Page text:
Wednesday , 24 January 2018
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LulzSec Leaks over 60K Email Credentials

LulzSec has released a list of over 60,000 emails and passwords from unknown sources as a reward for its Twitter followers flooding 4chan with messages.

During the past few days, regular visitors of the notorious 4chan /b/ (random) board have been trying to expose the individuals behind LulzSec.

However, the hackers aren’t very worried about them succeeding and pointed out that they were /b/tards themselves back in 2005.

Earlier today LulzSec had the idea to flood the /b/ and asked its 170,000+ Twitter followers to go and post messages about 4chan legend Boxxy.

Everyone go to /b/ and post stuff about Boxxy, LulzSec sending you there, and triforces. In return, 50,000 assorted emails/passwords,” the group wrote.

One hour letter, LulzSec delivered on its promise and dumped not 50,000, but over 62,000 emails and passwords.

This is a major security breach for the owners of the exposed accounts and might affect them in numerous ways. Because of the widespread practice of password reuse, there is a high chance that many of those passwords will also work for other accounts, such as Facebook or PayPal.

In fact, soon after the leak people already started misusing the credentials. “I am now an level 85 human warrior on mal’ganis server,” wrote a user who managed to get into somebody’s World of Warcraft account.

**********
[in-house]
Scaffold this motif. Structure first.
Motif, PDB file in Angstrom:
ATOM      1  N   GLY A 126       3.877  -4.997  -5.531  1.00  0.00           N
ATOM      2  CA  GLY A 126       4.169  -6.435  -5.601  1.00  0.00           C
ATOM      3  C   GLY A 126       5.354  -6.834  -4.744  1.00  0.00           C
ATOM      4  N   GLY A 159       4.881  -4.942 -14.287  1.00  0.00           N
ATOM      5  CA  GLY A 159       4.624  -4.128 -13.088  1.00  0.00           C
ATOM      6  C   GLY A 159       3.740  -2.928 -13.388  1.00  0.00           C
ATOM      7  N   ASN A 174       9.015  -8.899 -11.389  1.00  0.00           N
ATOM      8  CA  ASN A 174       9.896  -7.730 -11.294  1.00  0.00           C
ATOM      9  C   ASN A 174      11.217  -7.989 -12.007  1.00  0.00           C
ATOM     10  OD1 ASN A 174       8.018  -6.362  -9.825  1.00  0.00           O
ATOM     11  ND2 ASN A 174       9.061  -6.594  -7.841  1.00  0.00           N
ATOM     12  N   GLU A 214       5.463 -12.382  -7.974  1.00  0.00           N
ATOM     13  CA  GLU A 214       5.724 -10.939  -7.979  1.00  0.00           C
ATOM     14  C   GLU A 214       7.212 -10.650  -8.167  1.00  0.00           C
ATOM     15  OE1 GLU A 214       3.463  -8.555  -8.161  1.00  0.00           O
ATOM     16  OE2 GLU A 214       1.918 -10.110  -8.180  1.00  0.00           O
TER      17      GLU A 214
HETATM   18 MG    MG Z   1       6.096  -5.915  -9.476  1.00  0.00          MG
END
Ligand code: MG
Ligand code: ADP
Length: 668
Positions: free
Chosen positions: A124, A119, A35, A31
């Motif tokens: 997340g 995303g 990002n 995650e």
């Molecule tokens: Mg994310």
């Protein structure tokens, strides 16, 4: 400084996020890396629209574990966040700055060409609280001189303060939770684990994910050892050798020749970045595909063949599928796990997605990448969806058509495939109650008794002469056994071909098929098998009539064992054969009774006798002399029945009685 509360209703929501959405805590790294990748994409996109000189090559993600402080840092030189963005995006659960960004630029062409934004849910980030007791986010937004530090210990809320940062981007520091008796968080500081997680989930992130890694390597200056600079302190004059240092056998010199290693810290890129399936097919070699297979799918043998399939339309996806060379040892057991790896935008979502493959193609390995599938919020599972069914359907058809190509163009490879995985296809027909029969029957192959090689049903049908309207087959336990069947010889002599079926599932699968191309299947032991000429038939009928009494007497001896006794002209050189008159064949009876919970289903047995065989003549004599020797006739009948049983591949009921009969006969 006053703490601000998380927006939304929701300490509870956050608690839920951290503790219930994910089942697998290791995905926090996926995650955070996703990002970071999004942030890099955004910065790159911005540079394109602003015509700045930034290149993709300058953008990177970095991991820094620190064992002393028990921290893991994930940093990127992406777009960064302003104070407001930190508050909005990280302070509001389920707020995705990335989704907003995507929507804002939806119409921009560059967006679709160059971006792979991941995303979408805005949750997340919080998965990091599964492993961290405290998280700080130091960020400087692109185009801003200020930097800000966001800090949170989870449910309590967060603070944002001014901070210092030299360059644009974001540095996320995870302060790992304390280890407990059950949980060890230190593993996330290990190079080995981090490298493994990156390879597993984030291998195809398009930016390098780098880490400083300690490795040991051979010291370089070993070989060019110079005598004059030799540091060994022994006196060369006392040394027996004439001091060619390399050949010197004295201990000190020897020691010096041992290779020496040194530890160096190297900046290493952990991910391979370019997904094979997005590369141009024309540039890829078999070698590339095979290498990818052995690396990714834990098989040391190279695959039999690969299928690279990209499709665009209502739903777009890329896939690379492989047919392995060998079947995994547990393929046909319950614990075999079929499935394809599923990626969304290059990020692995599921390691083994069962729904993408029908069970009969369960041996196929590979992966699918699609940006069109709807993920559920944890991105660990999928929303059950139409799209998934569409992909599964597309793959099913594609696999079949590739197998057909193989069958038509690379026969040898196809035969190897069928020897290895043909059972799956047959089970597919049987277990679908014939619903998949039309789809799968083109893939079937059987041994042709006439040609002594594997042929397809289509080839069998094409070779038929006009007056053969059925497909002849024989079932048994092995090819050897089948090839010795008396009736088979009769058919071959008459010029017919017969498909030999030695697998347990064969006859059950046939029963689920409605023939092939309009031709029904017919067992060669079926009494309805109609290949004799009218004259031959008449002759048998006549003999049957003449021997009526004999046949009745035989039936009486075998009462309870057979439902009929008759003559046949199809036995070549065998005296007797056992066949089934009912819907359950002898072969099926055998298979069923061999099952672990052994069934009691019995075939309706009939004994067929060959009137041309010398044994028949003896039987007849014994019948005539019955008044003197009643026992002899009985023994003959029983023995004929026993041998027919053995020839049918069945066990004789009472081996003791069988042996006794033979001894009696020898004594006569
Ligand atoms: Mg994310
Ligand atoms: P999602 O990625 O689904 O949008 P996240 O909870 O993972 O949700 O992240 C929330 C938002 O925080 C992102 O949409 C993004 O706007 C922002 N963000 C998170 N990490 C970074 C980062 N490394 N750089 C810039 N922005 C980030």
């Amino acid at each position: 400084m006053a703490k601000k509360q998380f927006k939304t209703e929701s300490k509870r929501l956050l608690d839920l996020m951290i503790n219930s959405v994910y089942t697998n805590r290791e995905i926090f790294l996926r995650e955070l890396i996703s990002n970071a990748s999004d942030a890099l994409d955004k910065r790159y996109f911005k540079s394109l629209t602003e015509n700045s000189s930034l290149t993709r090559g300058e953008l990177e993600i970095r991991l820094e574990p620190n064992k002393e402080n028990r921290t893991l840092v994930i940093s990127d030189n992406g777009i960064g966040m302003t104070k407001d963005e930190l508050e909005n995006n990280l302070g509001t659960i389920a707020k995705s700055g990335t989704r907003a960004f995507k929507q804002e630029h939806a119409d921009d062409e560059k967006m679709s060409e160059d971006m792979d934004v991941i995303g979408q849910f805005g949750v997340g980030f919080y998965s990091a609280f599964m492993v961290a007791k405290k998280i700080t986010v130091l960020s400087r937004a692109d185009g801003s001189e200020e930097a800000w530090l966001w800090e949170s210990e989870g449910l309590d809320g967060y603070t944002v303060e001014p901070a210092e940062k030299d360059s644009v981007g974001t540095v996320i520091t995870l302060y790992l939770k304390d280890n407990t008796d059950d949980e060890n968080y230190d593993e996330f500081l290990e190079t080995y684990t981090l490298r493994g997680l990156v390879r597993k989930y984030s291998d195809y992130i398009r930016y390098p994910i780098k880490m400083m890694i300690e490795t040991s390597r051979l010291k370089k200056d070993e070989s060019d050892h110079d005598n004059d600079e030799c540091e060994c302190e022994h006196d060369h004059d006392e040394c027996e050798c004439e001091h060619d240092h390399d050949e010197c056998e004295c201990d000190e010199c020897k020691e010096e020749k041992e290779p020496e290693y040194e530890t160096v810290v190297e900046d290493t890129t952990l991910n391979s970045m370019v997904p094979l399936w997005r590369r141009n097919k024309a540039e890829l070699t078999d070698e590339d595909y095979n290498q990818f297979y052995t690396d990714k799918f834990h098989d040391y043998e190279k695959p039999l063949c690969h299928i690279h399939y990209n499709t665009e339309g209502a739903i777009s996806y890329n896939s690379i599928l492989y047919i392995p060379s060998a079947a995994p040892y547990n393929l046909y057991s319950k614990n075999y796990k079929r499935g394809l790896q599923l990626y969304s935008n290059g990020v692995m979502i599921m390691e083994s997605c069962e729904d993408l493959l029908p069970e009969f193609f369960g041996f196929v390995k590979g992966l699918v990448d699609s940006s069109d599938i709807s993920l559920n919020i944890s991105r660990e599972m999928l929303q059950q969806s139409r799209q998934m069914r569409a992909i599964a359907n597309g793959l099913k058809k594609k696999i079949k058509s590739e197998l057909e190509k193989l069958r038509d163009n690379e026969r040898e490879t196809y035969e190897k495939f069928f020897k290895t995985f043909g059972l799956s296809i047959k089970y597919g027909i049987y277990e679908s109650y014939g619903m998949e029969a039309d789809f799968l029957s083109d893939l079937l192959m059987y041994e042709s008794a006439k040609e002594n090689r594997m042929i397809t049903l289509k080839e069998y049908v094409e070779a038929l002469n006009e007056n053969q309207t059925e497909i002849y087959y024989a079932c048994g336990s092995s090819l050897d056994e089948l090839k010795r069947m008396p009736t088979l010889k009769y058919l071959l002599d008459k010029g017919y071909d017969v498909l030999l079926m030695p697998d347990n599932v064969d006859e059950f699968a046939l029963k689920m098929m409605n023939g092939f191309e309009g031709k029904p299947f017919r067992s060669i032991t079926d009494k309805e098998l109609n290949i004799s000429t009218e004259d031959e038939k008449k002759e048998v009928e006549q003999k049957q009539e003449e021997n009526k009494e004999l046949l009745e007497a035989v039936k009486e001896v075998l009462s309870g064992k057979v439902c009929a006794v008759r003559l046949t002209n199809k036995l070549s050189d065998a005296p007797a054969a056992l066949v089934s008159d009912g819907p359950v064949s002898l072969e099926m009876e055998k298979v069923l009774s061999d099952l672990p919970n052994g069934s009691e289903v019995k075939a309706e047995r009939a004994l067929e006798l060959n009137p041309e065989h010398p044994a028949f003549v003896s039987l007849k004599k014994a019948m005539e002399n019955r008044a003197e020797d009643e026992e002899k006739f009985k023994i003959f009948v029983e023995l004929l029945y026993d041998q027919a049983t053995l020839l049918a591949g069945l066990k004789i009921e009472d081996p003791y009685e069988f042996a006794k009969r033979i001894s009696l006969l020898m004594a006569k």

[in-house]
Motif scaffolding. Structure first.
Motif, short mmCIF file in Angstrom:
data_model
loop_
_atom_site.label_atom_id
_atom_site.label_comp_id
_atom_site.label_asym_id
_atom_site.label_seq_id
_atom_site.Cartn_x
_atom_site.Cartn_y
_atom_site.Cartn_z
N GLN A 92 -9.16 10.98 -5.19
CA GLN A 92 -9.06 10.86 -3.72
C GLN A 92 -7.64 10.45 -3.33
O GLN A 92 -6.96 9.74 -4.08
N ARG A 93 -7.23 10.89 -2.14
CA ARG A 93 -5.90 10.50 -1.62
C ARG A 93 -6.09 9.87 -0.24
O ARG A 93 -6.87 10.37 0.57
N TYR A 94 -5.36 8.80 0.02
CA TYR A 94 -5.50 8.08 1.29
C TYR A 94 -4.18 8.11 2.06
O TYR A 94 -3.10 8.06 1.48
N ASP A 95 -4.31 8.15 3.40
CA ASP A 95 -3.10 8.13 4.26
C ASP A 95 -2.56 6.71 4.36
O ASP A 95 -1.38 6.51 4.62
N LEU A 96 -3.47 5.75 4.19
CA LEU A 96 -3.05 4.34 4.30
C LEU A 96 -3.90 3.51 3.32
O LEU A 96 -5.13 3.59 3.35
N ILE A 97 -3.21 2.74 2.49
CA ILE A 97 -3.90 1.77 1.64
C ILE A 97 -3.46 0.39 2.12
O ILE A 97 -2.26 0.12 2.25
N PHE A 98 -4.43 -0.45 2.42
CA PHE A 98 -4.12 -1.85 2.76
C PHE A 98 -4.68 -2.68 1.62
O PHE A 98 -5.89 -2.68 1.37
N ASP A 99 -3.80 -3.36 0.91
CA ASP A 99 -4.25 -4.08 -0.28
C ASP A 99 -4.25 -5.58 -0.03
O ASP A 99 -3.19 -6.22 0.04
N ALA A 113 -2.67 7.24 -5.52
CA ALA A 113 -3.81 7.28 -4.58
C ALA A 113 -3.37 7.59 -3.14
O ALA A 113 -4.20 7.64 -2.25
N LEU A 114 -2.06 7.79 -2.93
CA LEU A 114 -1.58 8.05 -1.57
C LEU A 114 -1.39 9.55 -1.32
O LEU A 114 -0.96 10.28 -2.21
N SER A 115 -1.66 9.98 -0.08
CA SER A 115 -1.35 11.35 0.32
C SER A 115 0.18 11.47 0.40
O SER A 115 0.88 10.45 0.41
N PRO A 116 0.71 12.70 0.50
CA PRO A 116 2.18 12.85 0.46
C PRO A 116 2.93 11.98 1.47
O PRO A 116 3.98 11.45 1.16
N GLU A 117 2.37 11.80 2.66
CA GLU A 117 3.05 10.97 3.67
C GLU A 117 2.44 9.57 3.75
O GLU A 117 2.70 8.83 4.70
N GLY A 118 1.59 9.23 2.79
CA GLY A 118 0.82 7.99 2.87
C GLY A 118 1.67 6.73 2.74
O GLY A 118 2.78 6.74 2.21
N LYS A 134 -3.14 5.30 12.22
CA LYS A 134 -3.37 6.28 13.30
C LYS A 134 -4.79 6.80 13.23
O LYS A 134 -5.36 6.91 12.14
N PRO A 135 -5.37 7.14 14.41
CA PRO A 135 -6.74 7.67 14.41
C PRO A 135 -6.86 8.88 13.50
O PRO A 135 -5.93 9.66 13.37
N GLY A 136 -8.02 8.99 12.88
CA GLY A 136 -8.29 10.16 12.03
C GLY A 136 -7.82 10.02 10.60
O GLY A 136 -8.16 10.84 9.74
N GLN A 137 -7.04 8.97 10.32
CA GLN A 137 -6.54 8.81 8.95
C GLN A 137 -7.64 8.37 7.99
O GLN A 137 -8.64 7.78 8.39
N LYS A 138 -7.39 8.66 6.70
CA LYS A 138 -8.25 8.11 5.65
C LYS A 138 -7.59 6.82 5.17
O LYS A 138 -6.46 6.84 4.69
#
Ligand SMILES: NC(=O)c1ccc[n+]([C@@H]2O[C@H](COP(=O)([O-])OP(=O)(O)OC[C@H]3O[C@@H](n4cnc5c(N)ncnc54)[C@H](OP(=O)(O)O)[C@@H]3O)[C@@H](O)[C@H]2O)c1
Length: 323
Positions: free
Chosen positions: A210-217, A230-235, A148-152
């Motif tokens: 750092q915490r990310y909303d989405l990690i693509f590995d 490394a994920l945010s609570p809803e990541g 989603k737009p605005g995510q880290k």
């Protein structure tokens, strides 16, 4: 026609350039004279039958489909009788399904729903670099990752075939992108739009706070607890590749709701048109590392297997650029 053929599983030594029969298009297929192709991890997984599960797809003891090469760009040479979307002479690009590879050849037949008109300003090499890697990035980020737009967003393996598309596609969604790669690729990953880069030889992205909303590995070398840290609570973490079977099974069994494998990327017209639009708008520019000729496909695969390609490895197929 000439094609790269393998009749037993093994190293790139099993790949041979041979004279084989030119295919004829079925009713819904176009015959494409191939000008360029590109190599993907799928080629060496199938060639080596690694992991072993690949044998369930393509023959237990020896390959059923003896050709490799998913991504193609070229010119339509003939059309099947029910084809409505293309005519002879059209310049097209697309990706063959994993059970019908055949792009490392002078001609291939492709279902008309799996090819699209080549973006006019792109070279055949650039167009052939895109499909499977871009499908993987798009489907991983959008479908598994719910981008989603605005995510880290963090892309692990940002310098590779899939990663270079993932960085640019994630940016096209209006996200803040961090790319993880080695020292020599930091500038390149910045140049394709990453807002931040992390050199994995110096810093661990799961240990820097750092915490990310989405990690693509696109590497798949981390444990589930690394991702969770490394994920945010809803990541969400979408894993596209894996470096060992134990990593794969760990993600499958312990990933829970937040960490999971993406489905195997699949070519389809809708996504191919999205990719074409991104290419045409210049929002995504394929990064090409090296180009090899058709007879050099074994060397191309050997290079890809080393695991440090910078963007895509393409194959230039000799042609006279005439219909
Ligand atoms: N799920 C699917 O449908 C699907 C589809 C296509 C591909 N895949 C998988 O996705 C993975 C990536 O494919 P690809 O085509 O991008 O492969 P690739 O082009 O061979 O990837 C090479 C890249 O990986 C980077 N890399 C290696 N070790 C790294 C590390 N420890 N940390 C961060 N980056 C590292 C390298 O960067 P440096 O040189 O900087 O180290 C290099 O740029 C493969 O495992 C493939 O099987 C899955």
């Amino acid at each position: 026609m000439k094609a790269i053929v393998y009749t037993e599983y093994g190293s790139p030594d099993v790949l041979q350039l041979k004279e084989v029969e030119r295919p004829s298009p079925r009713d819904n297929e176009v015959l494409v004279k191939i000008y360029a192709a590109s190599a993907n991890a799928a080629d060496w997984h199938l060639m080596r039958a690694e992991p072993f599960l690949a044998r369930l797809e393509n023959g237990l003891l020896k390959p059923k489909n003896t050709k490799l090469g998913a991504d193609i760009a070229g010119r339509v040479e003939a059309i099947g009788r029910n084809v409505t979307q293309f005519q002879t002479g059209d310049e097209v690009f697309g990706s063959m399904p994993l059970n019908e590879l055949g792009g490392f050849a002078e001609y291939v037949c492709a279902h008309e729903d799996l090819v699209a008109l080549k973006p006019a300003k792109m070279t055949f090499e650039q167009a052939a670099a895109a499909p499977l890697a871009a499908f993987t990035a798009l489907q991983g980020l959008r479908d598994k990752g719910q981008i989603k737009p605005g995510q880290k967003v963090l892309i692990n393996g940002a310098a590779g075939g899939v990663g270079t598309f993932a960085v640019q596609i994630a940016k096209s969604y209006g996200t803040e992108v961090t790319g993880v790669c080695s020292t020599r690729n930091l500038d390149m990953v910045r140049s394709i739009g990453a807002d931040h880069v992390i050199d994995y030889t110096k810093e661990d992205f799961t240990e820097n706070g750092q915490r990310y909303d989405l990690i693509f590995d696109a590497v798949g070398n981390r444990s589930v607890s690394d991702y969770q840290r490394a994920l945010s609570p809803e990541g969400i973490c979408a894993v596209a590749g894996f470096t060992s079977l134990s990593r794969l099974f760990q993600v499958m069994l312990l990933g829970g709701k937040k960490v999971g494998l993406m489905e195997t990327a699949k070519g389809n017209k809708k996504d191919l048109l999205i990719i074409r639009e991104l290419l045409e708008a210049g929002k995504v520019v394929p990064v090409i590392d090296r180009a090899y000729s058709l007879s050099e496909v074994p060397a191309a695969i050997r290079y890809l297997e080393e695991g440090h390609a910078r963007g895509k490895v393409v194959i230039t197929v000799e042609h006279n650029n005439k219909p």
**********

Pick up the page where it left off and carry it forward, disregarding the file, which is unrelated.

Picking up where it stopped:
Someone else tweeted from a victim’s hijacked Twitter account that: “@LulzSec Leaked my GMail account name & password. From there my Facebook, Hotmail & Twitter were compromised.”

In addition to password reuse, people are also in the bad habit of not deleting old emails that might contain sensitive information about them.

Mail account with tax exempts (SS# [Social Security numbers] and all) on an entire family,” said one user who tried out a set of credentials.

The virtual carnage is unlikely to stop and tens of thousands of victims are waiting to be exploited if online services don’t enforce password resets for the affected accounts. Source : Softpedia